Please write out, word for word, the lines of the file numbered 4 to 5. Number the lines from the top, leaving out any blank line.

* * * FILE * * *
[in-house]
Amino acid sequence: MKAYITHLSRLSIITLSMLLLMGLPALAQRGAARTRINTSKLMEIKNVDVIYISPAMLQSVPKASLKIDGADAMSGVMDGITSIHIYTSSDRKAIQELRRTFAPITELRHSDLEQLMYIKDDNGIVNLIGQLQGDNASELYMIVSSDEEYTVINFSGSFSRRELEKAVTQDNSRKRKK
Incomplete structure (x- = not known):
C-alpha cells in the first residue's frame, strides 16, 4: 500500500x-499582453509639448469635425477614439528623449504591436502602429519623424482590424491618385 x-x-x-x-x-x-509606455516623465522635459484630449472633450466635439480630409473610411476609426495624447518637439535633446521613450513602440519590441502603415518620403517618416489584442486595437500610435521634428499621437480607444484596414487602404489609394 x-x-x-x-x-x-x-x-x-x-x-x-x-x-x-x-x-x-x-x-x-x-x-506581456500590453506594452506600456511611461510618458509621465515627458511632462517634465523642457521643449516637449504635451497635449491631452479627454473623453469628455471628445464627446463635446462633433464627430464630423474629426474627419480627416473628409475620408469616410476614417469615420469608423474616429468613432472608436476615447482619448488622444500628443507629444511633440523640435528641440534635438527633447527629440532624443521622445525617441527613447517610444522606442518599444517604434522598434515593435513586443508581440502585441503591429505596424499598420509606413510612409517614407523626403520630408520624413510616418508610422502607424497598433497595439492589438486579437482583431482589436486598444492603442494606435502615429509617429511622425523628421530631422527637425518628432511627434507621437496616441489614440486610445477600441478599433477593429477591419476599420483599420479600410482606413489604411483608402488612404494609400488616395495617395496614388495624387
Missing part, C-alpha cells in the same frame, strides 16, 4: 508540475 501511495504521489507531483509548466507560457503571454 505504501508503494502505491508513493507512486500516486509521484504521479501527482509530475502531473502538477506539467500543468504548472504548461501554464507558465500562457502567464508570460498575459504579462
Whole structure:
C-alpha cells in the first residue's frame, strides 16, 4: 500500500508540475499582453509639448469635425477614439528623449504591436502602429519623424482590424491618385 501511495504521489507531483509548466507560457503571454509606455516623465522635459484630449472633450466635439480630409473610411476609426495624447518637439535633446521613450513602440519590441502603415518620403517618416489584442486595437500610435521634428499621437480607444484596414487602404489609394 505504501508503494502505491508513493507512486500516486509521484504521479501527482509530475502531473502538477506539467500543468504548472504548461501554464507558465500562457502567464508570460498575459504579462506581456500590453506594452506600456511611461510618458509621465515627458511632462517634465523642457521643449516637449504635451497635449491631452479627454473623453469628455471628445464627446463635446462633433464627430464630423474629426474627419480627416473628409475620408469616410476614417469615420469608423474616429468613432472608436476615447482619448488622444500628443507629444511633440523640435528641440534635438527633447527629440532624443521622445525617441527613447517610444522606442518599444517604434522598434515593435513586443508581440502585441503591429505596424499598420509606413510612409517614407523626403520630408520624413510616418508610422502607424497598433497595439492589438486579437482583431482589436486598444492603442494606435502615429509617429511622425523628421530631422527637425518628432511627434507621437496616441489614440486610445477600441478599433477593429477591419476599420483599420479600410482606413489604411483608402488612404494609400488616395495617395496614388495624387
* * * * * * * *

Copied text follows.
C-alpha cells in the first residue's frame, strides 16, 4: 500500500x-499582453509639448469635425477614439528623449504591436502602429519623424482590424491618385 x-x-x-x-x-x-509606455516623465522635459484630449472633450466635439480630409473610411476609426495624447518637439535633446521613450513602440519590441502603415518620403517618416489584442486595437500610435521634428499621437480607444484596414487602404489609394 x-x-x-x-x-x-x-x-x-x-x-x-x-x-x-x-x-x-x-x-x-x-x-506581456500590453506594452506600456511611461510618458509621465515627458511632462517634465523642457521643449516637449504635451497635449491631452479627454473623453469628455471628445464627446463635446462633433464627430464630423474629426474627419480627416473628409475620408469616410476614417469615420469608423474616429468613432472608436476615447482619448488622444500628443507629444511633440523640435528641440534635438527633447527629440532624443521622445525617441527613447517610444522606442518599444517604434522598434515593435513586443508581440502585441503591429505596424499598420509606413510612409517614407523626403520630408520624413510616418508610422502607424497598433497595439492589438486579437482583431482589436486598444492603442494606435502615429509617429511622425523628421530631422527637425518628432511627434507621437496616441489614440486610445477600441478599433477593429477591419476599420483599420479600410482606413489604411483608402488612404494609400488616395495617395496614388495624387
Missing part, C-alpha cells in the same frame, strides 16, 4: 508540475 501511495504521489507531483509548466507560457503571454 505504501508503494502505491508513493507512486500516486509521484504521479501527482509530475502531473502538477506539467500543468504548472504548461501554464507558465500562457502567464508570460498575459504579462